Since the 20th century, the relationship between China and Japan has been strained by a constant tension from territorial and political disputes. This has been further challenged in recent weeks by a controversial move from the Tokyo-based hotel chain APA.
At the center of controversy is Toshio Motoya, the president and chief executive of Japan’s largest hospitality chain APA, who disputes Chinese accusations that the Japanese imperial army killed 300,000 people in Nanjing between December 1937 and January 1938. He instead claims that the incident “was fabricated by the Chinese side and did not actually happen.” These revisionist views are expressed in Mr. Motoya’s book The Real History of Japan: Theoretical Modern History II, which is said to be available in every room of the chain’s approximately 400 hotels and their gift shops.
The issue has generated much controversy in China. A spokesman for the China National Tourism Administration described the actions of the hotel as an “open provocation to Chinese tourists,” and subsequently ordered all operations within international tours and online platforms to completely halt all cooperation with the APA hotels. The matter also instigated heated debates on Chinese social media, with many netizens asking for a formal apology from the chain and calling for a boycott. Moreover, on February 5, 2017, some 200 Chinese citizens living in Japan took to the street in downtown Tokyo to protest the hotel chain.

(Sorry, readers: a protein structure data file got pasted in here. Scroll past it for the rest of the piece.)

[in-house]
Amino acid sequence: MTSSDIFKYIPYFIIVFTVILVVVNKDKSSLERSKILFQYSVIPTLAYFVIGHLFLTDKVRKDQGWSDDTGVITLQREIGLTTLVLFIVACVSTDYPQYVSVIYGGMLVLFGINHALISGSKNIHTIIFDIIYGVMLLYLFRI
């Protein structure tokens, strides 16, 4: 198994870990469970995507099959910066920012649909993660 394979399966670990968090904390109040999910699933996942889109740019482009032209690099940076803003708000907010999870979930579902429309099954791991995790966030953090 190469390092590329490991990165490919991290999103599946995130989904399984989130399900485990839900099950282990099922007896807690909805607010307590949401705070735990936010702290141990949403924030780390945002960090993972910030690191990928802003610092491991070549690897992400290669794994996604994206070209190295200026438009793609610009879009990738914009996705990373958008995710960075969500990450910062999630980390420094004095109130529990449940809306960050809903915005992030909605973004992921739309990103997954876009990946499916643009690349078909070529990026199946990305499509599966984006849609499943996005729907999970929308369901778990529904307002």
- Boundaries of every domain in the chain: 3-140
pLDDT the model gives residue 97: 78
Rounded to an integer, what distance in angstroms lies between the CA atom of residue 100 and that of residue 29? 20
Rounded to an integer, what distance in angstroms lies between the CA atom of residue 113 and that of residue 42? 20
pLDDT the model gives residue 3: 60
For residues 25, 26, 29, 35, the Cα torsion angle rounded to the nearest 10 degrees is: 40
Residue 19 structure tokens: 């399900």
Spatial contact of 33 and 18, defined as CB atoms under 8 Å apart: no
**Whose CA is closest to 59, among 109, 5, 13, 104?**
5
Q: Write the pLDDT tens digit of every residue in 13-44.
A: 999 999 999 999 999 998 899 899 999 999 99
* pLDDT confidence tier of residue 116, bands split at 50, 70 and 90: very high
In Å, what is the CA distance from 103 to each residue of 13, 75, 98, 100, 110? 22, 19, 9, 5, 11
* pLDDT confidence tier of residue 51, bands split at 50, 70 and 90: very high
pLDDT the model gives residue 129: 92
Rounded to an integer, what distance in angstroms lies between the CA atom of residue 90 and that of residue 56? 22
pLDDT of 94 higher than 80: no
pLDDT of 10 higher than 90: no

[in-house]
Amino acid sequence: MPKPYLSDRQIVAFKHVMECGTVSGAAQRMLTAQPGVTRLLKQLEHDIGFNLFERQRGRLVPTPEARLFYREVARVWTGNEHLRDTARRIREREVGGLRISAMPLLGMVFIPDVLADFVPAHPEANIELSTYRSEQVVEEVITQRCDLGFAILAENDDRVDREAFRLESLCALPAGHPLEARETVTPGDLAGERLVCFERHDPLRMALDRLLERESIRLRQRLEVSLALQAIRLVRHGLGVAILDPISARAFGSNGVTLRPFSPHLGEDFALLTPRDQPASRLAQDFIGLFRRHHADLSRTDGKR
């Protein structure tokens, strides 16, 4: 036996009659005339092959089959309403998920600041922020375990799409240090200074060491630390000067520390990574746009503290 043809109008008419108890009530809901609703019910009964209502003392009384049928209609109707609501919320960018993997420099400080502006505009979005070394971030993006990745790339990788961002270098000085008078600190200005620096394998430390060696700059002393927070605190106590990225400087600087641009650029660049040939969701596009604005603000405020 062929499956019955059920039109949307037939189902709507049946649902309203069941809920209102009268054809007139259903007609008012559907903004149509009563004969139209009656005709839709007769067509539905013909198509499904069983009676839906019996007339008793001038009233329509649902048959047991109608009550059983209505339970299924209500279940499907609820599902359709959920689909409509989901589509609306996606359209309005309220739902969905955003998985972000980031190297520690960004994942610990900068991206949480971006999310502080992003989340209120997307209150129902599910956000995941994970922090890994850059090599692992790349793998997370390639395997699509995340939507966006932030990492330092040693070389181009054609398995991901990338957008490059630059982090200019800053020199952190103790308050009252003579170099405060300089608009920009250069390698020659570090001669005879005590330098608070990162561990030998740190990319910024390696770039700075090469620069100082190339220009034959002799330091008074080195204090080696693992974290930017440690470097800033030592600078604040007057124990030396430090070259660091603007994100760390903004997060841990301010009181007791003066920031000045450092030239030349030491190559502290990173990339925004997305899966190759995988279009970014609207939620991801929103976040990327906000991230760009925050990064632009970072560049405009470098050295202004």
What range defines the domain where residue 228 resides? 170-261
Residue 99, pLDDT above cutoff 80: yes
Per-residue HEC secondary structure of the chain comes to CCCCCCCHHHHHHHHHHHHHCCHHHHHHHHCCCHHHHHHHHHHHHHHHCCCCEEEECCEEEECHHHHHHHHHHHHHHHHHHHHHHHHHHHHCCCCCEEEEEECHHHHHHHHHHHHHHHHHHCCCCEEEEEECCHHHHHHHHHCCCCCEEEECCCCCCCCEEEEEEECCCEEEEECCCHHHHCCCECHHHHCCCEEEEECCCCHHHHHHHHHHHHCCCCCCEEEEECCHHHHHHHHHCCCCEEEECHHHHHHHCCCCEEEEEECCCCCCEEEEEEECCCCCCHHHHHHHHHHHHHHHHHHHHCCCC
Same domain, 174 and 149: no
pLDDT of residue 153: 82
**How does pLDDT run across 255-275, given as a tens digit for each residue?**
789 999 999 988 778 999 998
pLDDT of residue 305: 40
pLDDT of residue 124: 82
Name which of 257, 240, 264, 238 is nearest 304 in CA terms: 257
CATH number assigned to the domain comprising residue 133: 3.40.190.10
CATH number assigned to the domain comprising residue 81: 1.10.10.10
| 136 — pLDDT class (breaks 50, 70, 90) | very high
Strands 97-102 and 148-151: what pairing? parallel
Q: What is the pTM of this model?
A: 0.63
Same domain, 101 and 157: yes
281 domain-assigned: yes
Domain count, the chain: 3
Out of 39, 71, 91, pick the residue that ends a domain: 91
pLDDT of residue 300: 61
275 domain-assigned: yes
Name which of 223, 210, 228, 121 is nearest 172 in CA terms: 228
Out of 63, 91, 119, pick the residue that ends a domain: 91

This highly negative reception has generated mixed results in Japan. On the one hand, APA Hotel in Sapporo, the host of the 2017 Sapporo Asian Winter Games that took place from February 19 to 26, agreed to remove the contentious material from its rooms. However, APA defended its position on the grounds of freedom of expression. In a formal statement, the chain claimed that notwithstanding any variations in historic interpretation in different nations, the book does not aim to “criticize any specific state or nation, but [to let] readers learn the fact-based true interpretation of modern history.” The author of the book Mr. Motoya further added that Chinese people made up only 5 per cent of the guests in his hotels and that he was not worried about the impact of any potential boycott.
Serious Rise of Nationalism or a Reaction to the “China Threat?”
The Nanjing Massacre is one of the most sensitive subjects between Asia’s two largest economies, and indeed one of the largest reasons why Beijing continues to accuse Tokyo of failing to properly apologise for its wartime past. The issue has become a symbol of Chinese nationalism and in 2014, the state introduced December 13 as the national day for the Nanjing Massacre and has since commemorated it annually.
Amidst these disagreements, it should be noted that the Nanjing Massacre is not an isolated example of tension between China and Japan. Among others, frequent visits by Japanese leaders to the Yasukuni Shrine – where 14 leaders convicted as war criminals are honoured with the war dead – is another example that has repeatedly angered Japan’s neighbours, mainly China and South Korea. Both nations suffered greatly under imperial Japan’s brutal rule before its defeat in 1945. These moves have often been interpreted as an expression of conservative ideologies that never fully left Japan’s national fabric. As a result, it is no surprise that China’s state media Xinhua described the APA scandal as “only the iceberg of Japan’s ultra-right wing efforts to revise the nation’s war history” and their desperation to “erase the historical crime.”